'LQ' Marks the Spot: What Does Toyota's Odd Trademark Application Mean?

Steph Willems
by Steph Willems
8216 lq marks the spot what does toyotas odd trademark application mean

Trademark applications provide a very hazy window into the future of an automaker’s lineup, and this one’s no different. On May 7th, Toyota filed an application with the U.S. Patent and Trademark Office for use of the name “LQ” on a motor vehicle.

While it partially fits into the Lexus brand’s naming scheme, the second letter of the name (after L for “luxury”) is meant to designate the style of vehicle. So, just what kind of flagship model could this be?

The trademark application, uncovered by Lexus Enthusiast, seems to point to a different type of vehicle. In the upper echelon of the Lexus stable, “LS” means a luxury sedan, “LC” designates a luxury coupe, and “LX” covers the SUV/crossover field.

So, what about that Q? The best guess out there is that “Q” refers to a sportier luxury crossover, possibly one previewed by the brand’s LF-1 Limitless concept vehicle. Far more athletic than the range-topping LX SUV or midsize RX, the unibody, comparatively low slung Limitless debuted at January’s Detroit auto show with no production promises in tow.

Still, the automaker claimed the concept had “the potential to shape the future of a flagship luxury crossover for Lexus.”

Crafted at CALTY Design Research, the crossover showed off what could become the brand’s future styling direction. The jury’s out on whether that’s a good thing. With creases aplenty and an evolution of Lexus’ signature spindle grille leading the way, the crossover’s rakish profile oozed sportiness. Dual rear spoilers completed the look. Lexus claimed the concept could handle any number of propulsion sources.

While there’s no shortage of crossovers and SUVs in both the Toyota and Lexus lineups, the company has hinted it isn’t against fielding two vehicles in the same segment. The LQ could easily become another cash cow positioned near (or at) the top of the Lexus heap.

[Images: Lexus, Bozi Tatarevic/TTAC]

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2 of 12 comments

    "LQ": Looks Quotidian at best . . . I only buy American . . . End of Story . . .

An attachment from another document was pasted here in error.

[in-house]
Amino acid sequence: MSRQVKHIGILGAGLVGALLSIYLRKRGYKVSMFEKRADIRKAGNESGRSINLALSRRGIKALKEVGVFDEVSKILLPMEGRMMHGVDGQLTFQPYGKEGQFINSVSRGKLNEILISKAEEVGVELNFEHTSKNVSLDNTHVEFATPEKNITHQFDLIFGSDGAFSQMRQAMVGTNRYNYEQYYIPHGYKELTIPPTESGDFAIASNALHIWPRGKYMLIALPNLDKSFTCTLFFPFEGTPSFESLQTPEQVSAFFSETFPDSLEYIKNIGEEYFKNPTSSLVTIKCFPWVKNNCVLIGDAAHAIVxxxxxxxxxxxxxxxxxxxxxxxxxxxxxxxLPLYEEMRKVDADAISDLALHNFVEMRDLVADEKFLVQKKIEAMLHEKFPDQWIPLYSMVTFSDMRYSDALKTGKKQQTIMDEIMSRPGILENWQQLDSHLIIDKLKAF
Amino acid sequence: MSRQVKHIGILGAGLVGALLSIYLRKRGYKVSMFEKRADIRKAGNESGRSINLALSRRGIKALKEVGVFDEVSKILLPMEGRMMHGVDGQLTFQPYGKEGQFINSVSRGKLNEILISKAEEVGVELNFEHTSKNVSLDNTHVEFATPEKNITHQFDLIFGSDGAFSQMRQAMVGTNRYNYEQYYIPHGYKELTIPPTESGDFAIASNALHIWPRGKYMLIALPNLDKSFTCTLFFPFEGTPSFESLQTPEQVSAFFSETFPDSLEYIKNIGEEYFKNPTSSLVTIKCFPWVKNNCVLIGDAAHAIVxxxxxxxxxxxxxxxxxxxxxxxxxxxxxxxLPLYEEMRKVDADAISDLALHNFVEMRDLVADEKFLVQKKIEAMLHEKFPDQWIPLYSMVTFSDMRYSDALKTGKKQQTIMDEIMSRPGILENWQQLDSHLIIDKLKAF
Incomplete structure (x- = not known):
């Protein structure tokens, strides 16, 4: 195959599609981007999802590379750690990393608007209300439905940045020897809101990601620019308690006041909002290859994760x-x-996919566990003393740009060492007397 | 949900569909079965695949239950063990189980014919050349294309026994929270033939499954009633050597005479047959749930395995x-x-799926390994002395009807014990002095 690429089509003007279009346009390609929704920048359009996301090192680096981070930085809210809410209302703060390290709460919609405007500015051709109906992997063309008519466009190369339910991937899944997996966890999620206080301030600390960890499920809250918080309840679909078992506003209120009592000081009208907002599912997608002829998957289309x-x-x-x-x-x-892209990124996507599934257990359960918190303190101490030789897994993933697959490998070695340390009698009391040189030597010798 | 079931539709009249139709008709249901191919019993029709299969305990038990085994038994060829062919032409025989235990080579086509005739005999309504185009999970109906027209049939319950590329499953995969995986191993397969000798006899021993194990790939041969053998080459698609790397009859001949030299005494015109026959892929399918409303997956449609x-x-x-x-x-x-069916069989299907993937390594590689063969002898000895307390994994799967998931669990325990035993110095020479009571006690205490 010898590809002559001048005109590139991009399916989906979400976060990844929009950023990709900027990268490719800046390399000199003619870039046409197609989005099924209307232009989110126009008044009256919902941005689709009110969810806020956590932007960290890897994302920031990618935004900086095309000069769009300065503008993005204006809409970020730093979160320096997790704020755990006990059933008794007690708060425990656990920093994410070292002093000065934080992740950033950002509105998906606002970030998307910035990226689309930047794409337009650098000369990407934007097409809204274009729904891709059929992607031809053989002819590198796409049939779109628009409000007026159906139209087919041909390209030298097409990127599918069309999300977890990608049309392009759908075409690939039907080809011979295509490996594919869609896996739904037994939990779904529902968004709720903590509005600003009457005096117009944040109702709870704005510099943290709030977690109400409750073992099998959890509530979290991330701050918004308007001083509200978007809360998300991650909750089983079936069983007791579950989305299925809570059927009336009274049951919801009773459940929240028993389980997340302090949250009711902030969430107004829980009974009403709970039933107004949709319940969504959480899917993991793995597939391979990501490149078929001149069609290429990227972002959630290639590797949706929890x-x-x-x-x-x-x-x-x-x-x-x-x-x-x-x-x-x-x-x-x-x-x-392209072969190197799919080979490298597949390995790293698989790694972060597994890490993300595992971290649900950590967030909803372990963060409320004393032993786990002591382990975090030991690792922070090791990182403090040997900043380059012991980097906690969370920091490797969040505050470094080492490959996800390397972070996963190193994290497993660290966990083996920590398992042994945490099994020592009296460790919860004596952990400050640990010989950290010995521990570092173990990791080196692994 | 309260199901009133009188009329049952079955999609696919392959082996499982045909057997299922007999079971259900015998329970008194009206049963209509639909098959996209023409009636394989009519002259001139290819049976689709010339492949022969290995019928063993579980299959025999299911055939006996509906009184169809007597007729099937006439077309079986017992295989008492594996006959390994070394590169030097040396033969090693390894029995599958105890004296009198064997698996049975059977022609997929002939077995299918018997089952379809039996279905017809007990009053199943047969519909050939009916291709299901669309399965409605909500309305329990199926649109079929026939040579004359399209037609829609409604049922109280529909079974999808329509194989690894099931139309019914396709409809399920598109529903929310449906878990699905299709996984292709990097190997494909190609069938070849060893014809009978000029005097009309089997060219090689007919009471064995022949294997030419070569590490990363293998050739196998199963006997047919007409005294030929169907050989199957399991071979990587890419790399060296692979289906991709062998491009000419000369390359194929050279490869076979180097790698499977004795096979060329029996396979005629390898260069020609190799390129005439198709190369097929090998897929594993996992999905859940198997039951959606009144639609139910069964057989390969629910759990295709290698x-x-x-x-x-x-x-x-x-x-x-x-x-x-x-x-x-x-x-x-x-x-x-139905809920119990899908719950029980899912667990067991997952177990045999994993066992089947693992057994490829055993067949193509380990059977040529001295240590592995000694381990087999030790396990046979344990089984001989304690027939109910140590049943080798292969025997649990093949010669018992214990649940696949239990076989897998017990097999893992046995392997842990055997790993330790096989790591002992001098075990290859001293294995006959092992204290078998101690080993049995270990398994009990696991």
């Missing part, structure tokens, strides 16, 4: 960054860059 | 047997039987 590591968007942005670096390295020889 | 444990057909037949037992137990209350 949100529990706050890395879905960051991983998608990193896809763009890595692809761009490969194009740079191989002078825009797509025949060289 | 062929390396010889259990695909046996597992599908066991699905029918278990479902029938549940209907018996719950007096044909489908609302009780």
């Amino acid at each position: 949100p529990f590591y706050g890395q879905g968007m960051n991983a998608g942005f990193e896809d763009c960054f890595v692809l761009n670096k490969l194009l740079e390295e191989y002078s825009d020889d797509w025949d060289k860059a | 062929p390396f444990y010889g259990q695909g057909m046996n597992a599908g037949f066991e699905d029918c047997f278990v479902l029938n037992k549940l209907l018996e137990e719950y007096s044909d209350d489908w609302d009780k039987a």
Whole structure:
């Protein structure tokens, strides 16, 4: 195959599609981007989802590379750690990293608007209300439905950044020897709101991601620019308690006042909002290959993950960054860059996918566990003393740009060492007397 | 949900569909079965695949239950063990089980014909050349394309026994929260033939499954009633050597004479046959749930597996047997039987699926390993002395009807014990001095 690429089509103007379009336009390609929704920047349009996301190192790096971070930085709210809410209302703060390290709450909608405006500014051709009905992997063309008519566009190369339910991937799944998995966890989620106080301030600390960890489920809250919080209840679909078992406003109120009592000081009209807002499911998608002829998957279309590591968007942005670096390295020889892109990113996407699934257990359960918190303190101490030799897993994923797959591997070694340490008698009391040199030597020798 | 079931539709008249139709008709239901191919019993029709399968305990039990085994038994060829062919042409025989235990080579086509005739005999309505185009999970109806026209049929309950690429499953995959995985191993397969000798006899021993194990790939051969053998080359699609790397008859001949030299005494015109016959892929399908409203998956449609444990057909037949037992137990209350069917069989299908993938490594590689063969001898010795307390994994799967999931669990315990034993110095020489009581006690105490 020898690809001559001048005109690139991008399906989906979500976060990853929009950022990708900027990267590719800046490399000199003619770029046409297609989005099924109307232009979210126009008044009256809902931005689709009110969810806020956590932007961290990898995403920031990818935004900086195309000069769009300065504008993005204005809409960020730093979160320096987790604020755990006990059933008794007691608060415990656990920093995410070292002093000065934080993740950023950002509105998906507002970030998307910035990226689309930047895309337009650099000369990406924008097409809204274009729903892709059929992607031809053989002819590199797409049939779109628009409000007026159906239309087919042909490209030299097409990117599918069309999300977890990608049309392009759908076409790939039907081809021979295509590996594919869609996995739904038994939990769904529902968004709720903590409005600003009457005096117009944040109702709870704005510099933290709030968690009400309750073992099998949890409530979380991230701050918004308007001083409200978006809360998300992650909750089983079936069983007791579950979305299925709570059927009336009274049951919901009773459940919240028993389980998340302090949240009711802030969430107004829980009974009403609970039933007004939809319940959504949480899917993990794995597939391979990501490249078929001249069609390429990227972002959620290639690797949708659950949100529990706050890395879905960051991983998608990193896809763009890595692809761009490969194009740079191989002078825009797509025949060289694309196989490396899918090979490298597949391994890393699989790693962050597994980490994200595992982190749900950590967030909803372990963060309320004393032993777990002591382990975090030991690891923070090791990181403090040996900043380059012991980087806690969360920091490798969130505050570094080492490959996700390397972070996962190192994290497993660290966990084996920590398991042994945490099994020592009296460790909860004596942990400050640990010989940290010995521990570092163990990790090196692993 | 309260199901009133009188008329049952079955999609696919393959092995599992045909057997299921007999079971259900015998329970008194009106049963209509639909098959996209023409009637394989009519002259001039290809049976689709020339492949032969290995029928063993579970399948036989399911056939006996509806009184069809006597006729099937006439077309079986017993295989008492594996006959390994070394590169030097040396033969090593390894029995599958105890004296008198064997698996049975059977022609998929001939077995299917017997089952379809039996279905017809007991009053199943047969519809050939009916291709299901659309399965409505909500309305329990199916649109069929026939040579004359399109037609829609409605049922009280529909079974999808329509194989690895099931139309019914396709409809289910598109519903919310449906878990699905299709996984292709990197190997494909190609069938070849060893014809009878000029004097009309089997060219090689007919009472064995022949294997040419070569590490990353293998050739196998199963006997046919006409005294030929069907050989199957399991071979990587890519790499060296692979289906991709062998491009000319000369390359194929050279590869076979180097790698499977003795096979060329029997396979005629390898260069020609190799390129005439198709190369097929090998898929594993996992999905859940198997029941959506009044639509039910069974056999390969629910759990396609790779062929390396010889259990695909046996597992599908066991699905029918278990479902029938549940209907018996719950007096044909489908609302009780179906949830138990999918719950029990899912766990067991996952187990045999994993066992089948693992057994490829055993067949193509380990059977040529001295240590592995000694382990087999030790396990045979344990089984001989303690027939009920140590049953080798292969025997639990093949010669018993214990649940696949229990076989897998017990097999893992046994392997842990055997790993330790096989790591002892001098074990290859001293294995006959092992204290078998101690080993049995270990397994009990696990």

• Compaq Deskpro Compaq Deskpro on May 17, 2018

    Slightly lifted Yaris with 20 inch rims and a tiny hatchback and rubbish leather seats, it will sell like gangbusters to widespread acclaim.

  • THX1136 I think that the good ole interwebs is at least partially to blame. When folks can get content for free, what is the motivation to pay to read? I'm guilty of this big time. Gotta pay to read!? Forget it! I'll go somewhere else or do without. And since a majority of folks have that portable PC disguised as a phone in their pocket, no need for print. The amount of info easily available is the other factor the web brings to bear. It's perhaps harder now to stand out. Standing out is necessary to continued success.In an industry I've been interested (and participated) in, the one magazine (Mix) I subscribed to has become a shadow of it's former self (200 pgs now down to 75). I like print for the reasons mentioned by another earlier. I can 'access' it in a non-linear fashion and it's easily portable for me. (Don't own a smarty pants phone and don't plan to at the moment.)I would agree with others: useful comparison reviews, unique content not easily available other places, occasional ringers (Baruth, Sajeev, et al) - it would be attractive to me anyway. I enjoy Corey, Matt and Murilee and hope they continue to contribute here.
  • Daniel J I wish auto journos would do more comparisons. They do some but many are just from notes from a previous review compared to a new review. I see where journos go out to a location and test drive and review a vehicle on location but that does absolutely nothing for me without any comparison to similar cars. I also wish more journos spent more time on seat comfort. I guess that doesn't matter much when many journos seem to be smaller folks where comfort isn't as important. Ergonomics are usually just glossed over unless there is something very specific about the ergonomics that tick the journo off. I honestly get more from most youtube reviews than I ever do about reviews written on a page.
  • Namesakeone It's not just automotive. All print media is treading water. Time Magazine has gone from weekly to biweekly. Playboy no longer exists as a print magazine. There are lots of other examples. How to fix it? Let me be (among) the first to say that I have no idea.
  • Teddyc73 Was anyone really clamoring to buy one?
  • MaintenanceCosts This looks really surprisingly different from the Blazer EV. It's more boring, but it's also more Honda, and for that reason alone it will be taken a lot more seriously in US markets.